Interesting thing: Apparently the age-old debate about executions is literally age old; it hasn't changed in the 200 years of this country: deterrence and retribution have been the talking points the entire time. Yeah, bit of an interesting thing.
(Pictured: Another victim of hanging, condemned for inadequate spelling skills)
Lochner v. New York: Economic Regulation on Trial by Paul Kens
All law students who take Constitutional Law II read Lochner v. New York which is universally reviled as the worst Supreme Court decision, ever. (Yes, even worse than Dred Scott, which legally speaking isn't as absurd as high school history teachers make it out to be). It's considered the apex of judicial over-reaching, legislation from the bench. How dare the Supreme Court have the audacity to question a legislative judgment?!
This book focuses only a little on the legal history of the case and focuses much more on the political aspect, looking at New York politics and how the law regulating bakers' hours came to be passed. What's interesting about this book is that it doesn't focus on Lochner (the case) as a case of judicial over-stepping, instead it treats the case as a case about bakers and politics. A fun read for the story behind the story of Lochner.
(Pictured: A baker, or a victim of laissez-faire capitalism?)
Reconstructing the Fourth Amendment: A History of Search and Seizure, 1789-1868 by Andrew E. Taslitz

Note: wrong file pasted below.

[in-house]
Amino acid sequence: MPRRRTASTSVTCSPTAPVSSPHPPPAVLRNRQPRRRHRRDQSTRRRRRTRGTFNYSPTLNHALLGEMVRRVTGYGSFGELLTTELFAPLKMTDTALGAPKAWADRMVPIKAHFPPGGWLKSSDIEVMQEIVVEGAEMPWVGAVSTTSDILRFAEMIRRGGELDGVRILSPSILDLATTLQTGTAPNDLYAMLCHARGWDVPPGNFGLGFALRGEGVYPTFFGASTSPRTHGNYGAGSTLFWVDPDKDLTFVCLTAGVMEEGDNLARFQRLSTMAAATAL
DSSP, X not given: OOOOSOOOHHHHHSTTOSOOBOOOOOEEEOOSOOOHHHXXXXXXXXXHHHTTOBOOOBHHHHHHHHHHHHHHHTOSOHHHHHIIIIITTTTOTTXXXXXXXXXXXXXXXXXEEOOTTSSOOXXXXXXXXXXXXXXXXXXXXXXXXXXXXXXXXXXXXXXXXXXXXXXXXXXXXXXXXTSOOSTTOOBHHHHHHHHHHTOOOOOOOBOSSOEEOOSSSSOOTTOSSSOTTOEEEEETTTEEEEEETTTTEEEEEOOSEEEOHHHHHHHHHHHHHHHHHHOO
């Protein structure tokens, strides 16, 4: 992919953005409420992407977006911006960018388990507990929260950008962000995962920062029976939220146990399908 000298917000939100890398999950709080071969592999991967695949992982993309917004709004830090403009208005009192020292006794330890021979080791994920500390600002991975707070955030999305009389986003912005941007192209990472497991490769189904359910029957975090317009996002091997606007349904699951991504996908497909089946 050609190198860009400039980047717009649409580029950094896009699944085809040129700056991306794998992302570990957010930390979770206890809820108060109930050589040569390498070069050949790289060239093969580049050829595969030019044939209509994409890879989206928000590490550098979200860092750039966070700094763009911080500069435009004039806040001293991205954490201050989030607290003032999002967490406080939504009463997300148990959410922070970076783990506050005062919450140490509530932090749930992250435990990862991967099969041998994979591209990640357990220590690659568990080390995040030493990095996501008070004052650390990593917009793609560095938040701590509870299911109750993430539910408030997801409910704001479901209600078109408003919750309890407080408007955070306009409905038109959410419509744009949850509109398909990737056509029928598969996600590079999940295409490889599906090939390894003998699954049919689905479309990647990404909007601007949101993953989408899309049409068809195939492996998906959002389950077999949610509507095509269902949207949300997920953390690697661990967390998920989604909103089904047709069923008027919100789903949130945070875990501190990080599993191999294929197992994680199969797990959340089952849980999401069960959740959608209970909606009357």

I hated this book. As such it is highly ironic that I spent the most time with it relative to these other legal histories (I wrote a paper on this one). The book purports to be a history of the Fourth Amendment (my favorite Amendment to read about) starting with the Founding Fathers and going through Reconstruction. Histories of the Fourth Amendment during the founding era are not remarkable (relative to other Amendments, the Fourth's history is well documented), but an ante-bellum history is hard to come by. After reading the book, I became convinced that such a history is hard to come by because the Fourth Amendment didn't really mean anything until the advent of the exclusionary rule (the rule by which illegally obtained evidence is inadmissible in court). Unfortunately, Taslitz focuses on all the different ways that slaves did not have privacy, freedom of movement, or property. The problem with his focus is that the Fourth Amendment did not really protect these things per se until the criminal procedure revolution of the Warren court. As such, the book ends up being a history of slaves with brief references to the Fourth Amendment. I think this is another book which takes a conventional history and tries to give it a novel treatment (in this case a racial treatment) even though the novel treatment does not give us any novel conclusions as to history. I would not recommend this book to anyone.